Decarbonisation Technology - February 2023

Insights from Shell Rheinland’s transition to net zero

Key insights and important lessons for refiners as they look to address their CO2 emissions and determine their decarbonisation plans

Jörg Dehmel Shell Energy and Chemicals Park Rheinland

W hen a refiner is defining its carbon dioxide (CO2) emissions for which it is responsible, only a minority are from the site’s operations. A majority come from the use of those products by the end customer, for example, for mobility or heating. A refiner can only address those emissions by transforming its entire asset. In my role as transformation manager at Shell Energy and Chemicals Park Rheinland – the former Rheinland refinery – I have first-hand experience of the size of this challenge, and I would like to share some insights that could help others on their energy transition journeys. There are no quick wins. You must change decarbonisation plans, it is likely to face a daunting realisation: of all the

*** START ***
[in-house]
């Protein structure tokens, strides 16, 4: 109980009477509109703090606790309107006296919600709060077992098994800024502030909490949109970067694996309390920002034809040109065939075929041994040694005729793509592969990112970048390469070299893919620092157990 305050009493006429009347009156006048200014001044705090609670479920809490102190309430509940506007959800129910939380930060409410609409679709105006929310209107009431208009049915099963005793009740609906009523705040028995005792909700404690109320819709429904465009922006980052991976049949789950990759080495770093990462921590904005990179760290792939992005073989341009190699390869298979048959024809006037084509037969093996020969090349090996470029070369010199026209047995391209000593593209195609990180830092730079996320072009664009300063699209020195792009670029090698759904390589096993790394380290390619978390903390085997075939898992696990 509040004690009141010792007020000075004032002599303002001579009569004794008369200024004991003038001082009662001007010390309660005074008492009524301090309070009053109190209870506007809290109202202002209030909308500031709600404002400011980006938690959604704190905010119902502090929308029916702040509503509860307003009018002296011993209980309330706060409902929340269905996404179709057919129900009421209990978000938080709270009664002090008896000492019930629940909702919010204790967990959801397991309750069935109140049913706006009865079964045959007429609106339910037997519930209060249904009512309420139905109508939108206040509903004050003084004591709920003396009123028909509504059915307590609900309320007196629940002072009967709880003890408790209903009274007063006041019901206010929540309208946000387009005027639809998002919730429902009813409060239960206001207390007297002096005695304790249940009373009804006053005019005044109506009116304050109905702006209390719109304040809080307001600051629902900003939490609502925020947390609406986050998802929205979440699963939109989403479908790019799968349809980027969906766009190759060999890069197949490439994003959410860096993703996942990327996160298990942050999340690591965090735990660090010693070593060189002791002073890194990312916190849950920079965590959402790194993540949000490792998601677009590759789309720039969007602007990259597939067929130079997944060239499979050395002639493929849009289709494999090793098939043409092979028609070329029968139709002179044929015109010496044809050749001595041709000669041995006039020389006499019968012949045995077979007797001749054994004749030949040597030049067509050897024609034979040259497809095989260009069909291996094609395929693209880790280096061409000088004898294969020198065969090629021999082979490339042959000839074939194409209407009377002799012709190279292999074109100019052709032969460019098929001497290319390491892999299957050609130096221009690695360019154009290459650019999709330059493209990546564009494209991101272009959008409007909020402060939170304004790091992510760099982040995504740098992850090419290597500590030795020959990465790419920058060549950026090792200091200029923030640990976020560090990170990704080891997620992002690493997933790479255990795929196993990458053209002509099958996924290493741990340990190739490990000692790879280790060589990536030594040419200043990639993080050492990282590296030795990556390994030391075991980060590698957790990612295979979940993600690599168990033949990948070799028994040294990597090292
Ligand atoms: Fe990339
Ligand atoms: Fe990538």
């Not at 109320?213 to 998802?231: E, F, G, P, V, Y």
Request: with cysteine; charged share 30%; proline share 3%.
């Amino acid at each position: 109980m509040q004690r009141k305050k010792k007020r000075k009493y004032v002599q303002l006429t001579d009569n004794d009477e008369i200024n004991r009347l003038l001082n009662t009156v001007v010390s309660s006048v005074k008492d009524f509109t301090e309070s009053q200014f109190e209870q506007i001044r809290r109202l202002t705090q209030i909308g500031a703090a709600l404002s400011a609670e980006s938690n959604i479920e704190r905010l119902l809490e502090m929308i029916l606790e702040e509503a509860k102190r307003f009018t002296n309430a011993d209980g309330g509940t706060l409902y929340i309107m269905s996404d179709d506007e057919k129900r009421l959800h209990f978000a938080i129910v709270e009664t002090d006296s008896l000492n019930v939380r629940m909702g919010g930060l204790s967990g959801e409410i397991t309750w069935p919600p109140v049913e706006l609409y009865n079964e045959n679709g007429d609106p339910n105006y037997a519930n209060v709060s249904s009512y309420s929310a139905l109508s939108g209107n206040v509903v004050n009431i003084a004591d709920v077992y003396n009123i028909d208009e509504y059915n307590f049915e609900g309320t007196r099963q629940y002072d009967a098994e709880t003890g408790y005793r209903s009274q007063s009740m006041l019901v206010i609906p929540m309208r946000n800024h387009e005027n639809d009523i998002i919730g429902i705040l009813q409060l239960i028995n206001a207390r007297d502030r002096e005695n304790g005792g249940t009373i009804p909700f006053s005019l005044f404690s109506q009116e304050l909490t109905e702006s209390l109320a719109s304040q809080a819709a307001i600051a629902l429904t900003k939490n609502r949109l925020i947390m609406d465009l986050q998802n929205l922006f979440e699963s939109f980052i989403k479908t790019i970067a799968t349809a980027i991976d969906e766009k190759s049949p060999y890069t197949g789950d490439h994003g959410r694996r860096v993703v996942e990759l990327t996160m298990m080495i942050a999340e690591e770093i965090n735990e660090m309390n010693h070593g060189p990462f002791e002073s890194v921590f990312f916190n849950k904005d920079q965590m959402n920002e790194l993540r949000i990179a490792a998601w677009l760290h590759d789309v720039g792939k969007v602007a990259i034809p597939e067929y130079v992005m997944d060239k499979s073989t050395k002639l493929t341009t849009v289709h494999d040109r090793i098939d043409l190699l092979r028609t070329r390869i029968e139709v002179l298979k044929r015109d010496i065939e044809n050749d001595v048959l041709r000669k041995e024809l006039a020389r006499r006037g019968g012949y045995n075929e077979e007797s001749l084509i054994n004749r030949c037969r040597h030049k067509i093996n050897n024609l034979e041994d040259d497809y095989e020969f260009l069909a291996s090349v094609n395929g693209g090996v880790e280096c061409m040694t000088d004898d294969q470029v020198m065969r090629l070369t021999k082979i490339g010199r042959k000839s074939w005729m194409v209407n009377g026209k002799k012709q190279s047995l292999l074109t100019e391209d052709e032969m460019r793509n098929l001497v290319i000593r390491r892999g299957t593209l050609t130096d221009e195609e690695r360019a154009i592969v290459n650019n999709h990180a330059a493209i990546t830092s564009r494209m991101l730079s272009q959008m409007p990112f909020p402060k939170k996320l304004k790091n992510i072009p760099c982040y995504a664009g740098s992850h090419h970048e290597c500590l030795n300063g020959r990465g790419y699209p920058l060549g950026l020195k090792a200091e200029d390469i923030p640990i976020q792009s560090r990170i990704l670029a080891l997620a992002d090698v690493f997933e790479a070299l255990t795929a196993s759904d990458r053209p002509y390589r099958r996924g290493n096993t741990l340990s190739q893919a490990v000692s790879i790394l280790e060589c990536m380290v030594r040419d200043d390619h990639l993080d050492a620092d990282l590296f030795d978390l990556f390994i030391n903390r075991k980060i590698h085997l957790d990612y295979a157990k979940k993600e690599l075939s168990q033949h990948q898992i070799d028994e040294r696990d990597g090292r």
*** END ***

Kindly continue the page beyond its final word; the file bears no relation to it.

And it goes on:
your feeds: move away from crude oil towards renewable and circular sources such as solar and wind energy, plastic waste and biomass. And you must change your product portfolio: your diversified product slate will likely need to include renewable-energy-derived hydrogen, biofuels, and sustainable aviation fuel, for example. But it can be done, and two of the keys are integration and collaboration. Shell Rheinland today Change is happening quickly at Rheinland, and observers are often surprised at the progress we have made already. For example, we have been providing green hydrogen since 2021 when, together with our partners, we built Europe’s largest electrolyser,

PTL for aviation

Green hydrogen Re f hyne I 10MW Re f hyne II 100MW



Green h ydrogen for industry





Fed into electrical grid

Green h ydrogen for road transport

Oshore wind and solar power generation


Figure 1 Through the Refhyne projects, Shell is scaling up green hydrogen production for road transport, industry, and aviation


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